This is a stroke of genius. A 48-year-old show that was always brilliant, but brittle, whose sexual politics were so inescapably of its time that it could easily look outdated – and here it is, triumphantly reinvented and reframed, and ready to break your heart all over again. With the blessing of its great composer/lyricist Stephen Sondheim, who has done some judicious rewriting, Marianne Elliott has taken the 1970 musical about a discontented New York bachelor and turned it into a sharper, thoroughly 21st-century fable of female singledom.
It couldn’t feel fresher. Its new central character – her name changed from Robert, or Bobby, in George Furth’s original book, to Bobbie – negotiates an urban 30-something existence that is hectic yet achingly lonely. She meets men through dating apps, drinks too much, warily eyes the pitfalls of her friends’ flawed marriages. She wonders what – if anything – she’s missing, while her biological clock ticks implacably away. Seizing the role with both hands, flame-haired Rosalie Craig, the epitome of glamour in a chic red dress, burns through the score, full of yearning and frustration. Oh, and there’s a Broadway legend on board too – Patti Lupone as Joanne, Bobbie’s acid-tongued friend whose excoriating home truths are borne on breath that is acrid with vodka and cigarette smoke. What’s not to love?
Bunny Christie’s designs are coolly elegant – a neon box for Bobbie’s cramped apartment, which shrinks alarmingly when she feels most trapped. She’s a well-heeled, grown-up Alice Through the Looking-Glass trying to make sense of her life (especially when the booze kicks in). As she faces her 35th birthday, helium balloons spelling out her age bob over her head, growing so large by act two that they fill her little home and she can barely move. There’s an inspired moment when the apartment becomes haunted by multiple Bobbies, a disturbing, distorted image in which the spectral selves that surround our addled heroine seem to play out the various possible realities that await her. At other times, she’s simply alone on a stage flooded with indigo shadows, facing her fears and confusions in great, emotion-soaked numbers. "Marry Me a Little" and, climactically and shatteringly, "Being Alive" cry for connection, newly piercing in a world where everything is available at the touch of a button yet true intimacy has never been harder to find.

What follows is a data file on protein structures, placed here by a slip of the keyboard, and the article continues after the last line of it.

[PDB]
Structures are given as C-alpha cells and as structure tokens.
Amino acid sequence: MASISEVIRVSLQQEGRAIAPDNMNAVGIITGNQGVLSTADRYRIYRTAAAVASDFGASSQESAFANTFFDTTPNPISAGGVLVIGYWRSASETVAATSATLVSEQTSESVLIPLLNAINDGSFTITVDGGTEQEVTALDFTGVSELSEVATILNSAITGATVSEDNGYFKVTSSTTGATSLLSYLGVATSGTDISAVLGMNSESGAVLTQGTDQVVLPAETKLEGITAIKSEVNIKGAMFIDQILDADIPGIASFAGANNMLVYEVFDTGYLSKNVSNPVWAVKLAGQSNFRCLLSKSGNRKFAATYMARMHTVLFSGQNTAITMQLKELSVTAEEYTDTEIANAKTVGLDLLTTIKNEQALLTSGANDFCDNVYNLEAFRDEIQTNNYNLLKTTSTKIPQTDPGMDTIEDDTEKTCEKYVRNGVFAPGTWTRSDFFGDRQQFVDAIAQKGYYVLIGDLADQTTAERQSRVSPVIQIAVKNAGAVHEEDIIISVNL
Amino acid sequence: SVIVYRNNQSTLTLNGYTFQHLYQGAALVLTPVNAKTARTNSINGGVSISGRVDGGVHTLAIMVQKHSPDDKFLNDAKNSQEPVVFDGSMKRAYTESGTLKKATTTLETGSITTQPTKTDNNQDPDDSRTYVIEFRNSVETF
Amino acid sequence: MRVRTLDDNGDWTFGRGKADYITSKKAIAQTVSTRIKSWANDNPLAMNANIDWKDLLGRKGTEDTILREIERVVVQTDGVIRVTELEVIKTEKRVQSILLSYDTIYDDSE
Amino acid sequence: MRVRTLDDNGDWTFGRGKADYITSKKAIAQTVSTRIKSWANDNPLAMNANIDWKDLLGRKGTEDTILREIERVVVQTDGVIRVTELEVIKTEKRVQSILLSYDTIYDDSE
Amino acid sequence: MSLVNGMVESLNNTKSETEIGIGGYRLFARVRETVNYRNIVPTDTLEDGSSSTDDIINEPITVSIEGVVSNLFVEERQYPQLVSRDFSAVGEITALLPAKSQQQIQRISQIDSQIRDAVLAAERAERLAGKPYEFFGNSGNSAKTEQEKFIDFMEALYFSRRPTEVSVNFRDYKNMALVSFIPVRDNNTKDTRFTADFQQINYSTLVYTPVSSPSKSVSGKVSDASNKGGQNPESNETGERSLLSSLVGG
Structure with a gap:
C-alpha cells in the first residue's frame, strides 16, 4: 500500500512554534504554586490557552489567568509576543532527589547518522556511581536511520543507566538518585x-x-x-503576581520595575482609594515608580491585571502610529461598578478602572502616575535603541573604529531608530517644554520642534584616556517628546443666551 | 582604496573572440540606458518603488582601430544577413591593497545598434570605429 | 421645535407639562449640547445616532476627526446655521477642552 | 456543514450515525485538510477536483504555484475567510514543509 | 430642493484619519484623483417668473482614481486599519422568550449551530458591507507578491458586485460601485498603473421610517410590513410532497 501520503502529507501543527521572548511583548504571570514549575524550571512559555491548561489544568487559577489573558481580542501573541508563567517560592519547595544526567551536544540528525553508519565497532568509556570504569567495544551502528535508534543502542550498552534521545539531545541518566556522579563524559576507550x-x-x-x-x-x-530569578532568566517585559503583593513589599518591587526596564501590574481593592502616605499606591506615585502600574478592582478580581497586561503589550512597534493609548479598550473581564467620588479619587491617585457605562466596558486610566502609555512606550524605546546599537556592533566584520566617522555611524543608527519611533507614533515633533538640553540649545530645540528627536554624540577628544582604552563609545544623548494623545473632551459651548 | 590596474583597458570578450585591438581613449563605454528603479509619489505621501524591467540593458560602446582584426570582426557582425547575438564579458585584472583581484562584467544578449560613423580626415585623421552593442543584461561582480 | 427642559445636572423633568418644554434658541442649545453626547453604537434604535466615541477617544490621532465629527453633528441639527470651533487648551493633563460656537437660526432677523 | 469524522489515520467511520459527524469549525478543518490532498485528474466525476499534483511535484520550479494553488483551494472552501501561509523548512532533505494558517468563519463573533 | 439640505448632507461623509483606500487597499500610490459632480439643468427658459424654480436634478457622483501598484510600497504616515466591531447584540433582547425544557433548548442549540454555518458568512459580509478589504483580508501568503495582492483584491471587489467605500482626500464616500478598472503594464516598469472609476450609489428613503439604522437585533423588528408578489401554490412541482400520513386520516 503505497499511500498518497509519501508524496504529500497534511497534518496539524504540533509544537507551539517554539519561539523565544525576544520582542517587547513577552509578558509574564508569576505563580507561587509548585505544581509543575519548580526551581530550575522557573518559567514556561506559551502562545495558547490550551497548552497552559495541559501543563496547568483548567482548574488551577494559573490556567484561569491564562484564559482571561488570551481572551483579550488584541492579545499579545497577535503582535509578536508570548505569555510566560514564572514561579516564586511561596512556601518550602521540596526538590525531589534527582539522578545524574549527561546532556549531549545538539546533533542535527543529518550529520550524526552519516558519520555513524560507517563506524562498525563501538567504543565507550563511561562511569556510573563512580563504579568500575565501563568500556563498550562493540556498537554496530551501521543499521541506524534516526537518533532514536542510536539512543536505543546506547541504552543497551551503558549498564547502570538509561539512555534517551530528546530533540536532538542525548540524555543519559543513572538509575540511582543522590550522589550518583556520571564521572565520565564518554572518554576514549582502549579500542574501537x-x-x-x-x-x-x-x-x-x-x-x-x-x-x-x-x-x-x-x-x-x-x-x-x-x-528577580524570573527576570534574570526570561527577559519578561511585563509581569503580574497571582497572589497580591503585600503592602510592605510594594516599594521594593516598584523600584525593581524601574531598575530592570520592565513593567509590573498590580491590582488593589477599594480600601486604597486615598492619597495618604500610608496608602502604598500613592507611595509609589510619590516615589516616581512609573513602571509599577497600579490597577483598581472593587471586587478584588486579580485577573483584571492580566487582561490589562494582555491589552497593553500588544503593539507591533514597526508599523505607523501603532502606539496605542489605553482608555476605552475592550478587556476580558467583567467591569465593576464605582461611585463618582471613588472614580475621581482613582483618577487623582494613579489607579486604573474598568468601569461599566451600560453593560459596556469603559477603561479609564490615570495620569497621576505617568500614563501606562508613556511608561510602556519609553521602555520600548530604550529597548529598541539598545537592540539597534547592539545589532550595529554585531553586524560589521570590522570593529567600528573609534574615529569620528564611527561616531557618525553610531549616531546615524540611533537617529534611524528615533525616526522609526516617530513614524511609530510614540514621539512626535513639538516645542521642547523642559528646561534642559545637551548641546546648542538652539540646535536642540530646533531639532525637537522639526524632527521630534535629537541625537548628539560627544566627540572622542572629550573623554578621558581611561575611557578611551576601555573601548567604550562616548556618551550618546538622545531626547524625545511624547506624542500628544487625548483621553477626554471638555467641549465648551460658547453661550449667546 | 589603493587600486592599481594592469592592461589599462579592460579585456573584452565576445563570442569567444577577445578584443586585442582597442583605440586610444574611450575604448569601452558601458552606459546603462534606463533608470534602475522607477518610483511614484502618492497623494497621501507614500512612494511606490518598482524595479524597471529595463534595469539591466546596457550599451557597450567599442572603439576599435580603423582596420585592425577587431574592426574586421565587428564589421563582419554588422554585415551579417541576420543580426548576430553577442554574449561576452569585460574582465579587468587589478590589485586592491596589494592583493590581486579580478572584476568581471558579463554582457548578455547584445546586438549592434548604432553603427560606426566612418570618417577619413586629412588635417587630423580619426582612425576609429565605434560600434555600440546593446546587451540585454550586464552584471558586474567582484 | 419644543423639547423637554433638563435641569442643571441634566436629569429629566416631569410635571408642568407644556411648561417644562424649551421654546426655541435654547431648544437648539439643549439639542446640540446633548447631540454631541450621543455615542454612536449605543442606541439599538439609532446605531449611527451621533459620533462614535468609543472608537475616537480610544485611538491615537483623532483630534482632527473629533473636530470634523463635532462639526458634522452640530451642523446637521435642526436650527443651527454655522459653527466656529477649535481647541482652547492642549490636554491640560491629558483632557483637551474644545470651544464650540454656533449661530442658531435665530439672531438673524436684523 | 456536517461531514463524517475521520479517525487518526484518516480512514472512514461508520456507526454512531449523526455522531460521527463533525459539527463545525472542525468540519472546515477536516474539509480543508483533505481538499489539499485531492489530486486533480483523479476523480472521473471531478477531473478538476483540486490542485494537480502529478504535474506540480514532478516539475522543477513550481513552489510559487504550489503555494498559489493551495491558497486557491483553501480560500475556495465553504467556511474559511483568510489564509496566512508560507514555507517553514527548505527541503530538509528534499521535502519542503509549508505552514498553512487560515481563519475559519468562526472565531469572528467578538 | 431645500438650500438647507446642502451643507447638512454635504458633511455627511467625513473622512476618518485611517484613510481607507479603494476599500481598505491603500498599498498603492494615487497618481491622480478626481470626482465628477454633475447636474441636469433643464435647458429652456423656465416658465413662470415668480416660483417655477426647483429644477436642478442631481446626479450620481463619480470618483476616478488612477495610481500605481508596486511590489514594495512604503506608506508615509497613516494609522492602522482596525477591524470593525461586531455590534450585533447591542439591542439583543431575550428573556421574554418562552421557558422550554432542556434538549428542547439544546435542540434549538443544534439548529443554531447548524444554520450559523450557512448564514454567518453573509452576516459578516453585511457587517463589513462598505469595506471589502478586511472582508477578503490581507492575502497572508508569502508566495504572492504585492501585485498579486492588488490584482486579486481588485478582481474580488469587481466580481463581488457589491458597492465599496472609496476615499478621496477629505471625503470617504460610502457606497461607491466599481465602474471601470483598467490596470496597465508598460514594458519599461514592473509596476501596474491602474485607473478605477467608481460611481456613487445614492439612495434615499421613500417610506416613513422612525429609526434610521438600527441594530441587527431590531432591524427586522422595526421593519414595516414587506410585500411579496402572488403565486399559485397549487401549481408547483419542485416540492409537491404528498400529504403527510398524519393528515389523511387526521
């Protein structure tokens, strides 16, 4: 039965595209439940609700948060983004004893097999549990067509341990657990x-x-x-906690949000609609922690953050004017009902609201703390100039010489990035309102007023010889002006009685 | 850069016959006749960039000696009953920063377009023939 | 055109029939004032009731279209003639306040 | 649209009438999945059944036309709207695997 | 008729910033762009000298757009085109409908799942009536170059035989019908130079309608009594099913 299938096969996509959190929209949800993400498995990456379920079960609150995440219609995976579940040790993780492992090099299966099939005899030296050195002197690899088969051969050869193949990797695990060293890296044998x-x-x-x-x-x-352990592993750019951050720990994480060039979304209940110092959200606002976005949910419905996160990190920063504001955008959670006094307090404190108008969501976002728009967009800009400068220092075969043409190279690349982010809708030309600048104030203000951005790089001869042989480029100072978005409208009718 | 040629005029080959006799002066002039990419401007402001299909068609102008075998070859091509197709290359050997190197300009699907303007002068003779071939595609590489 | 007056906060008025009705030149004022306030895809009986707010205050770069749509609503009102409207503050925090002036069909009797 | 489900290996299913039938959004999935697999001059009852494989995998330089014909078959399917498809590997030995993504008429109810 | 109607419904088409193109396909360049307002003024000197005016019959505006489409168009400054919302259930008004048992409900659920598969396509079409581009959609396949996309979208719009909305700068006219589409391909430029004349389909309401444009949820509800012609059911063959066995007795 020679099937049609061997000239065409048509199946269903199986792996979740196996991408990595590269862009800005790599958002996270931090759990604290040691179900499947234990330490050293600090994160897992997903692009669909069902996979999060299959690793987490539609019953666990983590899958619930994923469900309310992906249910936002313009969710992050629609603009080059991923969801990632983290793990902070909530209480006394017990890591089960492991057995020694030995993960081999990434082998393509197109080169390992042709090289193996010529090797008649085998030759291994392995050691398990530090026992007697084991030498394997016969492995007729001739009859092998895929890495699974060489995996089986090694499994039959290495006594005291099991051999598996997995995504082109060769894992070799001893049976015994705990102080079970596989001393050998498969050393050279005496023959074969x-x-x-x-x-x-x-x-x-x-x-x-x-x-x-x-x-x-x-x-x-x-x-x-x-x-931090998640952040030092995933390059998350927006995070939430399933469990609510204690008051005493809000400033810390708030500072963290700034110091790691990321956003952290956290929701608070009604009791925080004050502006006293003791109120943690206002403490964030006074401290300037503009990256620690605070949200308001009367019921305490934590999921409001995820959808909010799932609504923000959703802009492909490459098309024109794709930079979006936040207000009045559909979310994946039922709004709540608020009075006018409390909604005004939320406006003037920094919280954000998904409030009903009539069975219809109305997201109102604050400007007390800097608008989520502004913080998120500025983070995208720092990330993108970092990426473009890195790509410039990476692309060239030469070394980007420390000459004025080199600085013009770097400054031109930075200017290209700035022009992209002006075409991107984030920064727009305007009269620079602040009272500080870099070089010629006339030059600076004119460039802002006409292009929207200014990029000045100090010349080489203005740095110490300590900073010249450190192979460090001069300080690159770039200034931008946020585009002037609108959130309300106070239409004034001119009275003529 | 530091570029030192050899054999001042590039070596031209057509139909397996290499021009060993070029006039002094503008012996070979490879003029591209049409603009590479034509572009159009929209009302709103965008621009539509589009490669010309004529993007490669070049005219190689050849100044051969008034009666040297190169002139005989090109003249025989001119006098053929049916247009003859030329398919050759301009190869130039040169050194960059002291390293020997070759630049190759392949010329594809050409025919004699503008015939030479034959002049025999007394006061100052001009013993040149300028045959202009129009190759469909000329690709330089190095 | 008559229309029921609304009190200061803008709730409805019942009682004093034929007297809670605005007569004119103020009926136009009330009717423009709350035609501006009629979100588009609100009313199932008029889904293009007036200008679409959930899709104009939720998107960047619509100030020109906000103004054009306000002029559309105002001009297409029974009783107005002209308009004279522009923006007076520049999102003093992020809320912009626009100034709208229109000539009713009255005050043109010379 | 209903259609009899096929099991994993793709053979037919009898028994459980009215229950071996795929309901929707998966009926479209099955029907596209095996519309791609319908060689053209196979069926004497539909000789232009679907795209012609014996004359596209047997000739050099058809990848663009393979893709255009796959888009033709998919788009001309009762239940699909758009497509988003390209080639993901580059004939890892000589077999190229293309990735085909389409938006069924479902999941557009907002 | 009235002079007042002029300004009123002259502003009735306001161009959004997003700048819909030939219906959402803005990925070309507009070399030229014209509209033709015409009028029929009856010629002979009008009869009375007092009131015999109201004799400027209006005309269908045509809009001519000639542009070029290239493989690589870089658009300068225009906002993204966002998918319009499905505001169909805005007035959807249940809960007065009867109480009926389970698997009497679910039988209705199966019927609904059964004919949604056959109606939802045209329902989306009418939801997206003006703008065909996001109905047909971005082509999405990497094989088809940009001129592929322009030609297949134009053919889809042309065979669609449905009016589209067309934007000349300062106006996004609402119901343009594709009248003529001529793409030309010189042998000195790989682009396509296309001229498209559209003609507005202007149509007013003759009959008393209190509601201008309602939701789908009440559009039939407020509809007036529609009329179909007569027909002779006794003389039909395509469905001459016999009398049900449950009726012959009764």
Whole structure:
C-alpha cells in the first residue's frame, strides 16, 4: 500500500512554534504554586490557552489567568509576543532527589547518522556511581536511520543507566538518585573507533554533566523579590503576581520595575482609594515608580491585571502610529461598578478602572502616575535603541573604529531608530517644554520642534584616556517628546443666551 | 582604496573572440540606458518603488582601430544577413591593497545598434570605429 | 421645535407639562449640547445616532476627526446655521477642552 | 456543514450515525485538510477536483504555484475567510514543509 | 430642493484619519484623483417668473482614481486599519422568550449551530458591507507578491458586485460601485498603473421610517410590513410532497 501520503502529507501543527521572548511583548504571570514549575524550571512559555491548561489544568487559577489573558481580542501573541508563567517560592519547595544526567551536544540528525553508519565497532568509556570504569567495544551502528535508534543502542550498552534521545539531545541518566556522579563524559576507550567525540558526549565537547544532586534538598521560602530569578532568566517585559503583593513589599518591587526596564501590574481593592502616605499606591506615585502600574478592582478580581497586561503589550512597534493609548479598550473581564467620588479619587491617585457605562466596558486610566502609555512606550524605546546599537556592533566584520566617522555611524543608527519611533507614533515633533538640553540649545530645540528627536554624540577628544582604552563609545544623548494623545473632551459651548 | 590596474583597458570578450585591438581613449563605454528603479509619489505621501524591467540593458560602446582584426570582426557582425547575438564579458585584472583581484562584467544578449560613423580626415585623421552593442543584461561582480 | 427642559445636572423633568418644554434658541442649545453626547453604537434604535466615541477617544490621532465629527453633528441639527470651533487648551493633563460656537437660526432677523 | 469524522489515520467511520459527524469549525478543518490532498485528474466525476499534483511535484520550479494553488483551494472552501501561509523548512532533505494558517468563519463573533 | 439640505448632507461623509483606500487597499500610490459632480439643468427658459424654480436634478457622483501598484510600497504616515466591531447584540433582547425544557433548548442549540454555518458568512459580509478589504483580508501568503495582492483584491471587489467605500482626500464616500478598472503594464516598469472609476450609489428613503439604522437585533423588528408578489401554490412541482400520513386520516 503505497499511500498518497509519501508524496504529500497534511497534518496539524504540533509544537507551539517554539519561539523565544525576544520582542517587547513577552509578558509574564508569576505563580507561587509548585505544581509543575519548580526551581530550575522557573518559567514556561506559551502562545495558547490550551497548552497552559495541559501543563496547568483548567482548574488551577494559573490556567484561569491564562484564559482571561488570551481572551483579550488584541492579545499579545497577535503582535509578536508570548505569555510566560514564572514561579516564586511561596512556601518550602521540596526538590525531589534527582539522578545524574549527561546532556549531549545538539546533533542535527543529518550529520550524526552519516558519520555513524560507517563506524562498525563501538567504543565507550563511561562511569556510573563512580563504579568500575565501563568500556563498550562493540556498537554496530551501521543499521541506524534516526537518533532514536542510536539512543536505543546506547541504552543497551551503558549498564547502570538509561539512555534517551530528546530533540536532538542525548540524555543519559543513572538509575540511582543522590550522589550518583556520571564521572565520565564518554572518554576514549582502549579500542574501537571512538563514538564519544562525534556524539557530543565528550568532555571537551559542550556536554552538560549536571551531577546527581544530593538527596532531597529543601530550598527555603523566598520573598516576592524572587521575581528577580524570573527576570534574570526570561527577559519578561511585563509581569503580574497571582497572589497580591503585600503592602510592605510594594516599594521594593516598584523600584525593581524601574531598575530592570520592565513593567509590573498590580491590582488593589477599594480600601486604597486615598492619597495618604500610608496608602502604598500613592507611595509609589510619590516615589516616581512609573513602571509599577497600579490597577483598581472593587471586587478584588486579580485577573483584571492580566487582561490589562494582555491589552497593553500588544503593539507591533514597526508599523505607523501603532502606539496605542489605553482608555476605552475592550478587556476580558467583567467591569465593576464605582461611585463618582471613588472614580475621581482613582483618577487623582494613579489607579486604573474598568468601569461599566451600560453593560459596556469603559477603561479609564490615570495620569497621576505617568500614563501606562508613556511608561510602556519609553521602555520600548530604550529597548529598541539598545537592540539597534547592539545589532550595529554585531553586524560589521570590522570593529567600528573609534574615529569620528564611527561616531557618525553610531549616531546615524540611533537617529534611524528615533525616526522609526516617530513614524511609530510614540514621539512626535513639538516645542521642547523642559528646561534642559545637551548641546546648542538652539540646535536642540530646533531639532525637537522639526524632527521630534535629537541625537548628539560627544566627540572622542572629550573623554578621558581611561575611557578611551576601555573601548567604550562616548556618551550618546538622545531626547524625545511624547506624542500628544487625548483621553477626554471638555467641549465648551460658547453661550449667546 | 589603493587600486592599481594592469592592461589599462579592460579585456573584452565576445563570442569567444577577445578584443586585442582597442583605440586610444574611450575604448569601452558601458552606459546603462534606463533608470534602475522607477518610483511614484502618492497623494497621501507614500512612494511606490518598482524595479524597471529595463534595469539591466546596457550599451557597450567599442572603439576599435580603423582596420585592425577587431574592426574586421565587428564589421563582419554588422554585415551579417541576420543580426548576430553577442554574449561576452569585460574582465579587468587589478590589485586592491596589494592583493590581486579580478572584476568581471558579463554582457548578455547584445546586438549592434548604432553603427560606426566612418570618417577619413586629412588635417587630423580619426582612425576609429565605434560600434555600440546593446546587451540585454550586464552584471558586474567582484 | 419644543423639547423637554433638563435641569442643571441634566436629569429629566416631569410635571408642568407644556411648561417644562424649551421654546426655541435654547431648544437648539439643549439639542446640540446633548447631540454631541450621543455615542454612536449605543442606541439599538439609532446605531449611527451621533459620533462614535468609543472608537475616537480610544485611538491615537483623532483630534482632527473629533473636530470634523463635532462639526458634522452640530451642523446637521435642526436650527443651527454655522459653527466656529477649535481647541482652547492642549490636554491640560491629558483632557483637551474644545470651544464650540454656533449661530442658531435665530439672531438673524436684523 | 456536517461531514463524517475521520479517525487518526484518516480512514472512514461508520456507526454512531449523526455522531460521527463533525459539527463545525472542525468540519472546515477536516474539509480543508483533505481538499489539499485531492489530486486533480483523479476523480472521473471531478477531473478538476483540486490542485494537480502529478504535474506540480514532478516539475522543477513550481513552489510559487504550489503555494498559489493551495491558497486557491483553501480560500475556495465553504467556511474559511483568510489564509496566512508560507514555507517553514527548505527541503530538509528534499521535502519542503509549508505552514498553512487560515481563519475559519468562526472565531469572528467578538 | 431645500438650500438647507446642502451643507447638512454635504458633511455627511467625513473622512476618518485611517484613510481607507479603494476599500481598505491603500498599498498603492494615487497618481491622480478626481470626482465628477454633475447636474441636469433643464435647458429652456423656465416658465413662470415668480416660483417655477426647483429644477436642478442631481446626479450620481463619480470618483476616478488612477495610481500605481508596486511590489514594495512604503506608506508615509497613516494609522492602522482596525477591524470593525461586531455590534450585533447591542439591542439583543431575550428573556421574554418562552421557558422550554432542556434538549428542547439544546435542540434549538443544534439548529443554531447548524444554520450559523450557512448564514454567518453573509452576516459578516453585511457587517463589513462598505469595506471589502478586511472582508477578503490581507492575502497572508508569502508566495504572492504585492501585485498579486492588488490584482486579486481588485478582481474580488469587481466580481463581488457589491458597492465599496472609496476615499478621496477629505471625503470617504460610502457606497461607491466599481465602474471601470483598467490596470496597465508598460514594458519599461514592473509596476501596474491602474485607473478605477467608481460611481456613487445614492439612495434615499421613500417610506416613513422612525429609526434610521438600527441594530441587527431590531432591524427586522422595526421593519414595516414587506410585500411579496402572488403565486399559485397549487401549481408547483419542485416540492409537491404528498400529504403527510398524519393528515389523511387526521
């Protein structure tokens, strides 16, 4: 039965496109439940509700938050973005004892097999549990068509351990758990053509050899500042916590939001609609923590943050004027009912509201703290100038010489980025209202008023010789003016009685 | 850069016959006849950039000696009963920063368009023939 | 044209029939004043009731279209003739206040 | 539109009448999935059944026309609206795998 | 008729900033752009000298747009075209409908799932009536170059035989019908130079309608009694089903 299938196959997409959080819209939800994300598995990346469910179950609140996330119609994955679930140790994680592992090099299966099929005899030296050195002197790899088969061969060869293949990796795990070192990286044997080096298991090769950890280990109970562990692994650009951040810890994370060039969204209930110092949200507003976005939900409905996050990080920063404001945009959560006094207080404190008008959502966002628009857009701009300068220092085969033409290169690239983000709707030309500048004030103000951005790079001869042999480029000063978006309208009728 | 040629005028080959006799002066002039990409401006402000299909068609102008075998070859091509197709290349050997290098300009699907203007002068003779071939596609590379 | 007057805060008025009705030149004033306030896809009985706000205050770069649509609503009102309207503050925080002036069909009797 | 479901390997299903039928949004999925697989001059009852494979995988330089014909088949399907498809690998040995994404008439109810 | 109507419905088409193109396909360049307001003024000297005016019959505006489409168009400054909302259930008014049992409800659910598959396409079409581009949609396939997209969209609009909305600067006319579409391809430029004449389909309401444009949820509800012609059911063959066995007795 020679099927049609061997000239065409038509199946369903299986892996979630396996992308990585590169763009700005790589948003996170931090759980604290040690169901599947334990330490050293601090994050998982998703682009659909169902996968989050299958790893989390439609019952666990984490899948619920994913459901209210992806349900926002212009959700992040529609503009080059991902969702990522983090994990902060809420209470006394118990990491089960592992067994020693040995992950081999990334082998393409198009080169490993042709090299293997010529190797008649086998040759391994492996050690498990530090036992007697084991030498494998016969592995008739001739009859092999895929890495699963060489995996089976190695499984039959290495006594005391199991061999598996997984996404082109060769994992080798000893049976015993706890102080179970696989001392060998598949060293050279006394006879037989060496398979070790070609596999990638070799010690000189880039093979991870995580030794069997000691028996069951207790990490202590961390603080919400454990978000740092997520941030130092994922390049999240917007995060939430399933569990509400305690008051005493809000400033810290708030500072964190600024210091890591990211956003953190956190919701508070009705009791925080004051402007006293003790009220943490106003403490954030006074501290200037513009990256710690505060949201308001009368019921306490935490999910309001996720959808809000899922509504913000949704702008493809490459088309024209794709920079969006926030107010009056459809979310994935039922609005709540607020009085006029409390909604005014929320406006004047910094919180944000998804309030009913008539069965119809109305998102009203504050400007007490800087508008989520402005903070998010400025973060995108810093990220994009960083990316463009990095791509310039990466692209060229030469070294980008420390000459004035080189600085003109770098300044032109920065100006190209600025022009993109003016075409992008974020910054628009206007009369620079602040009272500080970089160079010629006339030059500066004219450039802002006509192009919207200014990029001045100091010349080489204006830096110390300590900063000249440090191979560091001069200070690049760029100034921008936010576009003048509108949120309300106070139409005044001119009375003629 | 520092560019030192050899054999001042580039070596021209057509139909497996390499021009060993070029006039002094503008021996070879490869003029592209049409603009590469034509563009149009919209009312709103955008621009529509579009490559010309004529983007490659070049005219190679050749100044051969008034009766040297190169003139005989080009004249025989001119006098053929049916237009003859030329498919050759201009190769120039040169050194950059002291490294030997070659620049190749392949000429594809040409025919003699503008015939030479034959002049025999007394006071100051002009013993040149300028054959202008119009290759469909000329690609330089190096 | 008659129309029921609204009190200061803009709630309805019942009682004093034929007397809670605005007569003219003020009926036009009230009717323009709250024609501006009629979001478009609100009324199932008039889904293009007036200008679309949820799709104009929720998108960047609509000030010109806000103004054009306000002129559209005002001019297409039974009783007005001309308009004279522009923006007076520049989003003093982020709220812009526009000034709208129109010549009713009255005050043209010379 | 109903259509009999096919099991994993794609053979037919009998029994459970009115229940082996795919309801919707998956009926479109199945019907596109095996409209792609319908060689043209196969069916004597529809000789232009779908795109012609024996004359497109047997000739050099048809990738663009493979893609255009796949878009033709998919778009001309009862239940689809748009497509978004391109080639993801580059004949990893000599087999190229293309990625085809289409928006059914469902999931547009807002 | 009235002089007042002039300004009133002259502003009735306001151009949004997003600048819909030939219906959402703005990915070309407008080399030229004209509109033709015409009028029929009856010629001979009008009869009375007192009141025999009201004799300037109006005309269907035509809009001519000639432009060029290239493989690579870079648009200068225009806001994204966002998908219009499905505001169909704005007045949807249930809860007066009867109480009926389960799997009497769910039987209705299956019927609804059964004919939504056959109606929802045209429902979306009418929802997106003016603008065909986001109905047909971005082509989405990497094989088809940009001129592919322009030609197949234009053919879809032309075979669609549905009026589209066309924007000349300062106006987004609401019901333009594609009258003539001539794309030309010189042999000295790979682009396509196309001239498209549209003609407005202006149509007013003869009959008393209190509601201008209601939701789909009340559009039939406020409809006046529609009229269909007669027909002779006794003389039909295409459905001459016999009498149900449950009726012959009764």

In between, we’re introduced to all those “good and crazy people”, Bobbie’s friends, in smart living rooms or on brownstone stoops, while she hooks up with lovers strap-hanging on the subway or on a bench in Central Park. Elliott makes each couple compellingly differentiated. "Sorry-Grateful," the bittersweet lament of the husbands to the compromises and salvation of marriage, is exquisite. "You Could Drive a Person Crazy" turns from an Andrews Sisters-inspired ditty of female exasperation to a trio soaked in wounded male ego as Bobbie’s various dalliances despair of her. And Jonathan Bailey is astonishing as Jamie, a gender-swapped version of Furth’s neurotic Amy, freaking out in virtuoso style in the tongue-twisting "Getting Married Today" on the morning of his nuptials to Alex Gaumond’s smooth Paul.
As for Lupone, her take on the legendary "Ladies Who Lunch" is a musical theatre masterclass – furious, viper-tongued and agonisingly desolate. When she reaches the verse about “the girls who just watch” and who take refuge from their depression in Scotch and glib jokes, it’s horribly apparent that it’s a scarcely veiled attack on Bobbie – and we wince along with Craig. It’s even more excruciating when she suggests Bobbie and her own husband have sex – a terrible test of friendship and love.
There’s not a beat or a note out of place – or a foot put wrong in Liam Steele’s spiky, expressive choreography. "Side by Side," to highlight just one brilliant instance, becomes a bleakly funny game of musical chairs. This is the real deal – and it’s sensational.